Candi remains in the area, filling bottles with syrup. Meanwhile, Mike walks by with a plate of food.

“Hey, is your wife coming in?” Candi asks him.

“I don’t know,” Mike replies.

“Didn’t you just talk to her?”

Mike’s reply is fuzzy as he walks out of the alley.

“Well, you’re going to be my host if I need one,” Candi says to his back.

“Hey Candi, Chuck Norris is the only person who can e-mail a roundhouse kick,” a male employee who insists on being called Pork Chop says through the open window between the kitchen and the alley. The window serves as a holding point for waitresses to pick up orders.

“I can’t top that,” Candi says.

“Last Sunday they wouldn’t make me food until I told them a Chuck Norris fact,” Lisa says to Candi. “So guess what? I didn’t eat last Sunday.”

Consider the outside décor . a homemade life-size X-wing fighter plane . patrons used to put stuffed animals in the cockpit until Mike locked it . barrels of ACME and X-wing Fuel surrounding it . a train car sitting in the grass . a yellow trailer with, “EAT HERE” painted in red.

B4’s up

During a break in orders, Derrec Bailey, “master of the grill” according to the back of his shirt, throws turkey and a bun on the grill for himself.

“Rape Me” by Nirvana starts playing on the radio.

“I like this song,” Damian says. “Turn it up.”

Derrec throws two burgers and two buns on the grill for a carry-out order. He goes to the back and returns with a basket of fries. The printer starts buzzing as the latest order prints. Derrec tears it off and posts it next to the order pick-up point.

He throws on a chicken sandwich and a burger. But at Mike’s, the items aren’t exactly called a chicken sandwich and a burger. The order calls for a Refd Yuppie and a Jr. Daddy. Mike attributes the unique menu to “too many pitchers of Dark and Tans at Mr. Bilbo’s in Akron.”

Damian walks over, grabs a plate and places a bun with bacon and lettuce on top for the Refd Yuppie. Fries and tater tots sit at the order point.

Derrec grabs three carryout boxes, one full of fries and the others with two prepared burgers and takes them out to Server’s Alley for Lisa.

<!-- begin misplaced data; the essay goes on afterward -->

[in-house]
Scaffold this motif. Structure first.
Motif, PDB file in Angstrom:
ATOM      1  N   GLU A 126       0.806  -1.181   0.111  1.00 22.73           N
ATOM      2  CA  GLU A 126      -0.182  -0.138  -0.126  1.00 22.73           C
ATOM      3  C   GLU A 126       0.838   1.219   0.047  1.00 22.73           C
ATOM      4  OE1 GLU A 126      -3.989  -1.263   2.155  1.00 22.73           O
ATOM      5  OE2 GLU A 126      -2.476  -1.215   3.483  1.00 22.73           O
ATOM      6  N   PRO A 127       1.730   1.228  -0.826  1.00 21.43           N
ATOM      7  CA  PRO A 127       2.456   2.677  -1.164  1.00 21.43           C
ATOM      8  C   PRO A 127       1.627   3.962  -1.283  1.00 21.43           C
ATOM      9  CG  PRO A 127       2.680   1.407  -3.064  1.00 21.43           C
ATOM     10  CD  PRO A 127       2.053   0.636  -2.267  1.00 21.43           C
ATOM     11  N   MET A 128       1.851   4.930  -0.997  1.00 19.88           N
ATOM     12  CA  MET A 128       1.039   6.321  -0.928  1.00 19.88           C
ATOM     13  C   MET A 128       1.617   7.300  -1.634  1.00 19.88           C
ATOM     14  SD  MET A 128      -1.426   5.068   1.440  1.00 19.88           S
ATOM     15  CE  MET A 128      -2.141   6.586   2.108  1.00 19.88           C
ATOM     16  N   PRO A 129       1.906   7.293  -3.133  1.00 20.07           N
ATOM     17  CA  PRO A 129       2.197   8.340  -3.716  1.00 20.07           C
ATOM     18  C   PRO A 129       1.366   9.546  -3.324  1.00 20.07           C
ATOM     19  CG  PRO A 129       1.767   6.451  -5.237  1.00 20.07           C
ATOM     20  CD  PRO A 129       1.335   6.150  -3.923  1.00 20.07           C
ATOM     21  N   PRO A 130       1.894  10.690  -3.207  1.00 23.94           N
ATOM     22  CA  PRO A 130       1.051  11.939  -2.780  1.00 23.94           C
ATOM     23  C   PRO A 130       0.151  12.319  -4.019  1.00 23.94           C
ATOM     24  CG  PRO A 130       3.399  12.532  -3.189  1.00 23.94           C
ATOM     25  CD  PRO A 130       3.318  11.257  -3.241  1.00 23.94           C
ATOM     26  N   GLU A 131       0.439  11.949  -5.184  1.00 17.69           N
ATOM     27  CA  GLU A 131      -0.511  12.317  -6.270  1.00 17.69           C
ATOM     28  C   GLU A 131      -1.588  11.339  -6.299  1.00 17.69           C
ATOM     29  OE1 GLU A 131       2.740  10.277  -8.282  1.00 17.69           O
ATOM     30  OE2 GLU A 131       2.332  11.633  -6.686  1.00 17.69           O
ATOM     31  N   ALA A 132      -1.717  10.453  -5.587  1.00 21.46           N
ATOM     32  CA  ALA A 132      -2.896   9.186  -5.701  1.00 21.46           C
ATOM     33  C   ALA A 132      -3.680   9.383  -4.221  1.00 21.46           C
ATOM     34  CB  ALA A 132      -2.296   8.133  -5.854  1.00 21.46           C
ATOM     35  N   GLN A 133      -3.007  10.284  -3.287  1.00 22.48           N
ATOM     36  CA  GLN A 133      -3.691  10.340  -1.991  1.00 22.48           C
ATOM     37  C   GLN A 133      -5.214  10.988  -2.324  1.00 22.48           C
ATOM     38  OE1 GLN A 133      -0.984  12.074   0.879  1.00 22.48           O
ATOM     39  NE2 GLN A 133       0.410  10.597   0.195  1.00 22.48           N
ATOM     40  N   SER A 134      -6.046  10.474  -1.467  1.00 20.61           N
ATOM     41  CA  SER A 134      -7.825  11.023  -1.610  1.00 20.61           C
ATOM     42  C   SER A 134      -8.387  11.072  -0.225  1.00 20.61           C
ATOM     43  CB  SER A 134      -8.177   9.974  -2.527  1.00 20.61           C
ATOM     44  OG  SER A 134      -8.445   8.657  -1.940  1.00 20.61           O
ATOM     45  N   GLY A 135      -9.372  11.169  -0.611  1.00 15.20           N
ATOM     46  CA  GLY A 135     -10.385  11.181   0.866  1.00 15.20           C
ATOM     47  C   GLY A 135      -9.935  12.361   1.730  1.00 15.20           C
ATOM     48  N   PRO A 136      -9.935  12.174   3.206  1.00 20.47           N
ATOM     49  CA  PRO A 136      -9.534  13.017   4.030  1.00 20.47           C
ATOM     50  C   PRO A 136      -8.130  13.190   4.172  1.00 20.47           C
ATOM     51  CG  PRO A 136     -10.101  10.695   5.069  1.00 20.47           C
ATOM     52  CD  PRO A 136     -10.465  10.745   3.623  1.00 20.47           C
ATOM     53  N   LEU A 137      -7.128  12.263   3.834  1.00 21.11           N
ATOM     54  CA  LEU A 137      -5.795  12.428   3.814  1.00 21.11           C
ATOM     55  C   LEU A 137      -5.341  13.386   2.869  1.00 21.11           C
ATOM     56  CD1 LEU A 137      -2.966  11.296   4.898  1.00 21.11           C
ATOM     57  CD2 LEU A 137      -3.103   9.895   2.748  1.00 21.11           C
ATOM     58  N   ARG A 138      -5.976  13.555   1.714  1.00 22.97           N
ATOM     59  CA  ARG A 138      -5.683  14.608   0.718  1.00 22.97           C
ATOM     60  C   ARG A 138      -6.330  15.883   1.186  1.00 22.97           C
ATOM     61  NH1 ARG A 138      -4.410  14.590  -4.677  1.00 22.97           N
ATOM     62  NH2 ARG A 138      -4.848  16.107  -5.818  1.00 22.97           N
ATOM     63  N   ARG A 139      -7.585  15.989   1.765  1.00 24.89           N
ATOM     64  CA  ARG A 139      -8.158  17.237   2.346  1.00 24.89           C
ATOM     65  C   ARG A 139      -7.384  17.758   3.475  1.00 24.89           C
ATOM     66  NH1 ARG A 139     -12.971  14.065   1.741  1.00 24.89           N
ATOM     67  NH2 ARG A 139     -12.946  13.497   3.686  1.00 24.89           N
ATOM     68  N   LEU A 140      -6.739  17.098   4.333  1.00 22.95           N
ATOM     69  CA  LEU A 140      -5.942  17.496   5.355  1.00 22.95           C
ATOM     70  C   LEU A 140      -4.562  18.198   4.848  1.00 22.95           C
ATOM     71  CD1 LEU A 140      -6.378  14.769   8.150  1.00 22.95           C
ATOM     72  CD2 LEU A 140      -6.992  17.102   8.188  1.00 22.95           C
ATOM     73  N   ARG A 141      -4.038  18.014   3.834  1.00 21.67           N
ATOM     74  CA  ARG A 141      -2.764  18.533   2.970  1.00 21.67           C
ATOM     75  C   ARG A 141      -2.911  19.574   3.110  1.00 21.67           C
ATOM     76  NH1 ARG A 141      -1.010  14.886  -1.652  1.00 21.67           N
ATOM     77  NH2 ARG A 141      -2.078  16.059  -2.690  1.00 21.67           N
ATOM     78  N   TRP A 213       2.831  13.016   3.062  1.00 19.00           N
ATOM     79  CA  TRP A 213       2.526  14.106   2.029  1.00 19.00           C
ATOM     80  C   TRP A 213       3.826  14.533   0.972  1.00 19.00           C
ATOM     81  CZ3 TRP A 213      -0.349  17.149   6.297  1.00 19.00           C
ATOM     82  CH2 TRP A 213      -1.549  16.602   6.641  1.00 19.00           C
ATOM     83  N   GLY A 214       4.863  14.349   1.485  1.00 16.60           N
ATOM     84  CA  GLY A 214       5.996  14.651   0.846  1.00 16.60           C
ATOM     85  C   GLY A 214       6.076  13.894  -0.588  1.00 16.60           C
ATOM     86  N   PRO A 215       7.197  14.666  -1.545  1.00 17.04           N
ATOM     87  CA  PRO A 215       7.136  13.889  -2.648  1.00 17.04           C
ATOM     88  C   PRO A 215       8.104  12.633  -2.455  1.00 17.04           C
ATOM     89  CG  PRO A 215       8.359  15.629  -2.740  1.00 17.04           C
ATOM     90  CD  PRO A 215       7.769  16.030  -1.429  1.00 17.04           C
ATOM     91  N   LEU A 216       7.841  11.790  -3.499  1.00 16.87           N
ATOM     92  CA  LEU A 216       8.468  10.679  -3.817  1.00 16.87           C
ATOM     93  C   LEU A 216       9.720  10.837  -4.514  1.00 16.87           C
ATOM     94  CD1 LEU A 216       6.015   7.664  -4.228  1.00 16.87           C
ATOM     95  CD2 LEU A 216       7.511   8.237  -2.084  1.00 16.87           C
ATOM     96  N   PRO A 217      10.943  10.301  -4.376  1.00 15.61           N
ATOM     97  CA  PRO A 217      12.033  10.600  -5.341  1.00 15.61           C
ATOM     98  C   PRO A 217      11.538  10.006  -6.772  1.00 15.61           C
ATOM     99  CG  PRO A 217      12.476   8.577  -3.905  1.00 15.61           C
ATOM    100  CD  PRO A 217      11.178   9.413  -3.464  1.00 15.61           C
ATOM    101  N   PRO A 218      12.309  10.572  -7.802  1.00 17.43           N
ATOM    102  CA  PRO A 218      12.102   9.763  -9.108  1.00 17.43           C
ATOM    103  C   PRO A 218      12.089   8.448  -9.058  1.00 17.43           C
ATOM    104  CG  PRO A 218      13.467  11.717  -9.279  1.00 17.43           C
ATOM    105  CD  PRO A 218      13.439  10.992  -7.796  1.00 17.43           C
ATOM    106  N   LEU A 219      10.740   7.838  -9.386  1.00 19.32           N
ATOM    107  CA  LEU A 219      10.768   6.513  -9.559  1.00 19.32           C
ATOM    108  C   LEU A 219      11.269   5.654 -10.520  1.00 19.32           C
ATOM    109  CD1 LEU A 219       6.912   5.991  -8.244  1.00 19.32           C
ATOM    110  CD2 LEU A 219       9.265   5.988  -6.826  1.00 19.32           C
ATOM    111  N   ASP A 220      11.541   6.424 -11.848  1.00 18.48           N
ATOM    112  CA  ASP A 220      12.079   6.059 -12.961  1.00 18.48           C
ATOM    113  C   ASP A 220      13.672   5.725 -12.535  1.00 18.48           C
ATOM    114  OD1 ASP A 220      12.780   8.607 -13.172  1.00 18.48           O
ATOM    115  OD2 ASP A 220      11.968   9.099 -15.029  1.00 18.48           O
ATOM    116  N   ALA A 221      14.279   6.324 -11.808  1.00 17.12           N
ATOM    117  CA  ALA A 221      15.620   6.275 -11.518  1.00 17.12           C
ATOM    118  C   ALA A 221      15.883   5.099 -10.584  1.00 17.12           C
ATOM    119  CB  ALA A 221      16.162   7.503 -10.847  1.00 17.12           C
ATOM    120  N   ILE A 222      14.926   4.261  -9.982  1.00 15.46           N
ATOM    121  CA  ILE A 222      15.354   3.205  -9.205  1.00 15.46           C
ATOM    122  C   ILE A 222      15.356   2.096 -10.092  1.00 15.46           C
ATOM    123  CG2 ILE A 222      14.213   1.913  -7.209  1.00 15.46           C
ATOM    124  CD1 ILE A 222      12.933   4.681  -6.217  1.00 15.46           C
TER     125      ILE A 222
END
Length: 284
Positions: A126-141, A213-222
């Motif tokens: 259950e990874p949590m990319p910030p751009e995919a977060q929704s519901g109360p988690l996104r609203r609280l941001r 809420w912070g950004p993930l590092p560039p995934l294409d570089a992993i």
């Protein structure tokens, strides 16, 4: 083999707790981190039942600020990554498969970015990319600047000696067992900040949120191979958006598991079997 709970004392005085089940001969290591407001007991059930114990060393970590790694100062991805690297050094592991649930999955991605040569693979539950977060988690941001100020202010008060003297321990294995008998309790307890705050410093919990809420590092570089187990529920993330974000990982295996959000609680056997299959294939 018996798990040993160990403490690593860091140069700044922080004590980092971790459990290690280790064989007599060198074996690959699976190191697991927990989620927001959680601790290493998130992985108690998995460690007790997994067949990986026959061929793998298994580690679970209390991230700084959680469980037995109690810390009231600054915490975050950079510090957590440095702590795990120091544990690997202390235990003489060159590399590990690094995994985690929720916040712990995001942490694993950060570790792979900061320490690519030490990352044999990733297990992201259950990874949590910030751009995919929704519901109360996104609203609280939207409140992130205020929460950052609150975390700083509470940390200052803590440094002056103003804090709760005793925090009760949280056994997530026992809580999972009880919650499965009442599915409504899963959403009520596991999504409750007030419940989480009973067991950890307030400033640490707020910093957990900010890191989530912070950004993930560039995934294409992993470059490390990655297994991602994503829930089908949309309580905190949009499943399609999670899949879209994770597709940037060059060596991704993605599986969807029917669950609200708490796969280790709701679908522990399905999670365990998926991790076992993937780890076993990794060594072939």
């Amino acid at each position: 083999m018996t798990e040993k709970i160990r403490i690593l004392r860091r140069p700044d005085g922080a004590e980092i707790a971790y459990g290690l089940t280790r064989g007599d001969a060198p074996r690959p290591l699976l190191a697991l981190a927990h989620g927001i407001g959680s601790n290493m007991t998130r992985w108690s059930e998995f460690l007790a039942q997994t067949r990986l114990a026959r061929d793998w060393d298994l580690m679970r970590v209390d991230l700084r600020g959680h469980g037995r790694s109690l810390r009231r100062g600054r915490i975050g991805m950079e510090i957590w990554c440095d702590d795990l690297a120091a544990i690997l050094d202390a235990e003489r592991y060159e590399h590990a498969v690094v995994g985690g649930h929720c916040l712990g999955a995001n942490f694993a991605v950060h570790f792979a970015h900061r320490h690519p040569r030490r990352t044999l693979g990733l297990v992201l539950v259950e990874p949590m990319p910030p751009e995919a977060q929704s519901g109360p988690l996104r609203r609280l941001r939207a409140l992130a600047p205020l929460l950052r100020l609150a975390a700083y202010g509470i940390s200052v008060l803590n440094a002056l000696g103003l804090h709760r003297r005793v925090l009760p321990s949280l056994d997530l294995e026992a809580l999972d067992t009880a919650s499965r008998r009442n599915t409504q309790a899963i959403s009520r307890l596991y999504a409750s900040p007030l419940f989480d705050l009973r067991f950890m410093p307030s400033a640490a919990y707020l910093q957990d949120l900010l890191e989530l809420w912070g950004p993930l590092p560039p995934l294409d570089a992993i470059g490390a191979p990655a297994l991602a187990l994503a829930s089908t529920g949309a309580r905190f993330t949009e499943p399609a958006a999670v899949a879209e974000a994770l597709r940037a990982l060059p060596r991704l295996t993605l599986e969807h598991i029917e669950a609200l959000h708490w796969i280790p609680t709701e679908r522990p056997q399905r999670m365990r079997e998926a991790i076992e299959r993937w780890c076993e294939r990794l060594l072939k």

Things are starting to pick up with three orders in progress. The grill is full of burgers, chicken, eggs, potatoes and pancakes. Damian walks in a line down the grill, flipping each order.

Initially, Derrec and Damian were switching jobs, but Damian seems to be settled at the grill, while Derrec is busy finishing orders by the order pick-up point.

“Lisa, B4’s up,” Derrec yells.

Consider the smells . freshly sliced lemons . hamburgers on the grill . crisp bacon . the smell of potatoes being added to the smell of meat that fills the air.

She’s a sexy thing

It’s about 9:30 on a Sunday night, and closing time is quickly approaching.

Food is already scraped from the grill, and the smell of lamb meat and steak starts to disappear. The amount of customers has dwindled down to about eight – most of whom are in the bar.

Server’s Alley is deserted as the servers gather in the kitchen area.

Waitress Michele Bohrer stops in the alley to answer the phone.

“Next week’s schedule? No, it’s not up there yet,” she says to the person on the other line.

Pork Chop puts two quesadillas on the grill. He walks over to the radio and flips through some stations before settling on a song.

“I believe in miracles,” comes from the speakers. “Where you from, you sexy thing?”

“I dedicate this one to Michele because she’s a sexy thing,” Pork Chop says as he walks over to grab a stack of clean plates from the dishwasher.

Consider the menu . acceptable forms of payment . checks, sometimes . credit cards, when they’re not stolen . suits of armor . Excalibur . a variety of food to choose from . “The Walleye that Ate Cleveland” . “Justin Quesadillas,” named after a teen who applied to be a cook, saw the menu and ran out screaming . the “All American Breakfast” for $5.99 . the house rules . “Mike is always right (just don’t ask his wife).” . only Mike or managers may refer to waitresses as serving wenches . make no motorboat noises in your drink.

“So this guy walks into a bar”

Waitress Melinda Stephan walks through the barely lit bar room to a corner table near the Hall of Fame.

“Anything else I can get for you, sir?” she asks as she sets down the receipt.

“One more coffee,” he replies.

“How was your dinner?”


Melinda seems a little unsure of what to say.

“I’m just kidding,” he says. “It was great.”

A smile returns to Melinda’s face.

“I hate when you guys do that,” she replies.

There’s a crowd at the bar watching the Cavaliers play the Bulls. Cavs are up 44-39.

The occasional outburst of laughter and murmur of conversation provide the music in this room.

“If this was a White Russian, that would be fantastic,” Melinda says of the clear soda in her blue plastic cup as she sets it down by a monitor behind the bar.

Consider the bar … a signed Rachael Ray poster hangs by the bar . “To Mike, Great food!!!! Love your place.” . a Browns gym bag and a wooden helmet sign that reads “Kent Browns Backer” sit high above the bar . two thrones sit on a raised platform in the corner to add to the castle theme.

As 10 p.m. rolls around, the staff appears slightly tired and probably eager to get home. But with all the joking they do among both themselves and customers, chances are they’re probably still looking forward to the usual fun during tomorrow night’s shift.

Contact general assignment reporter Denise Wright at [email protected].